One of the lower-profile streaming services on the market, joining the ranks of other streaming services from tech titans like Amazon’s Prime Music, Google Music is perhaps going free in an effort to stir up some much-needed attention in a streaming marketplace that continues to be flooded with choices.
“At any moment in your day, Google Play Music has the right soundtrack to accompany the occasion. Whether you’re working, working out or working it on the dance floor, Google Play Music gives you curated radio stations to make whatever you’re doing better,” reads Google’s press release.
The free service adds to Google Music’s paid subscription service, which offers premium features like caching for offline playback, playlist creation, and unlimited access to Google’s 30 million songs for the industry standard of $10 per month.
The timing of today’s announcement appears to be designed, at least in part, as a direct shot across the bow of Apple’s forthcoming subscription-only service, Apple Music, which will launch a week from today. While Apple’s new service will offer a host of new features including DJ curated stations, 37 million tracks, and a 24-hour live radio station called Beats One, the service will not offer a free, ad-supported tier. Instead, Apple has offered a three month free trial in an attempt to entice listeners to migrate to the streaming service.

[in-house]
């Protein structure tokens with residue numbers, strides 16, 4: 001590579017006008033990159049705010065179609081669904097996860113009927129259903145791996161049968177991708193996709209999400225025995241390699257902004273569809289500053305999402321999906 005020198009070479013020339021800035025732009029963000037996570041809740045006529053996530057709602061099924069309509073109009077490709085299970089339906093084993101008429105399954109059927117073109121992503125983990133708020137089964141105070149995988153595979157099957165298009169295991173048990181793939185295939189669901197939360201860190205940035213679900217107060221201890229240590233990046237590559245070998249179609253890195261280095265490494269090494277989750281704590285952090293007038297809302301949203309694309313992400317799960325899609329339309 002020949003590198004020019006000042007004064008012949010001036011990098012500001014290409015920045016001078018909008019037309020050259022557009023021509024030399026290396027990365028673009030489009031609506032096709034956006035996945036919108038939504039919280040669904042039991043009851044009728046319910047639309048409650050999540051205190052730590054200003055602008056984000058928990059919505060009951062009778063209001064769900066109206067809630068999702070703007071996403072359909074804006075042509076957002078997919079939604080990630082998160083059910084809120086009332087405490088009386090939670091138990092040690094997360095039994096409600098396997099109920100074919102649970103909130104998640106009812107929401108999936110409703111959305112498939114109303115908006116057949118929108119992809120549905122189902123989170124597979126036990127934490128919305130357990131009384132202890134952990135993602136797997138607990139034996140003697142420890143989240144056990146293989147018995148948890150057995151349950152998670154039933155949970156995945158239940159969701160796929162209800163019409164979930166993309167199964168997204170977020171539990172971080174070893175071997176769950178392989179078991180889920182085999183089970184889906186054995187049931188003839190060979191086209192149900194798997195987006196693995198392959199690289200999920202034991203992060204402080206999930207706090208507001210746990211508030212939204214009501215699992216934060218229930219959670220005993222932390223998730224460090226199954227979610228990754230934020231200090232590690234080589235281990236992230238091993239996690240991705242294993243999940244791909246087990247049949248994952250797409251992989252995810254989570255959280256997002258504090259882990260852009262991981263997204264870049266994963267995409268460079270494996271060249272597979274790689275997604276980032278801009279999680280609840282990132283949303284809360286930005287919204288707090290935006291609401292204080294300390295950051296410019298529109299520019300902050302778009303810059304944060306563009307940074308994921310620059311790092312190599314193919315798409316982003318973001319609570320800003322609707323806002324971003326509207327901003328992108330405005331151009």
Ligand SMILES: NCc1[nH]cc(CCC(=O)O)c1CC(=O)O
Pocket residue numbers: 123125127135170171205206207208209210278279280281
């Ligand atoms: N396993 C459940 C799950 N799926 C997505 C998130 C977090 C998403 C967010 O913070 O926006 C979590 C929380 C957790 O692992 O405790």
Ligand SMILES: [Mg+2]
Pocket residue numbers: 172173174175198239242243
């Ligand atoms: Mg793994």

Google claims the new ad-supported branch give fans “just the right music” while giving artists “another way to earn revenue.”
The latter point will no doubt be met with criticism, as ad-supported music streaming has drawn the ire of independent artists, music labels, and outspoken power players in the industry like Taylor Swift for its extremely low royalty payouts. Swift famously removed her music from Spotify, saying “I just don’t agree with perpetuating the perception that music has no value and should be free.”
Swift’s comments are backed up by Spotify’s own financials: The service made over 91 percent of its profits last year (around $897 million) from its 15 million paying subscribers, while bringing in less than 10 percent from its larger portion of 45 million users who rely on the ad-free tier. That kind of discrepancy has lead to a broader conversation about the value of streaming music, with many claiming that ad-supported, on-demand streaming should be highly-restricted, or even eliminated.
For her part, Swift has become a champion of sorts when it comes to the fight against ad-supported streaming. In fact, while the pop superstar has said that she believes Apple’s paid subscription-only service could be the “platform that gets it right,” she famously called Apple out in a Tumblr rant over the weekend for its plan to withhold royalties from artists during Apple Music’s free trial period. In response, Apple reversed its decision, pledging to pay artists during the free trial.
While Swift may have swayed Apple execs, it appears her words had little affect on the higher ups at Google headquarters. Google’s new free streaming service will become available to users on the web today, and is slated to roll out to Android and iOS devices later this week.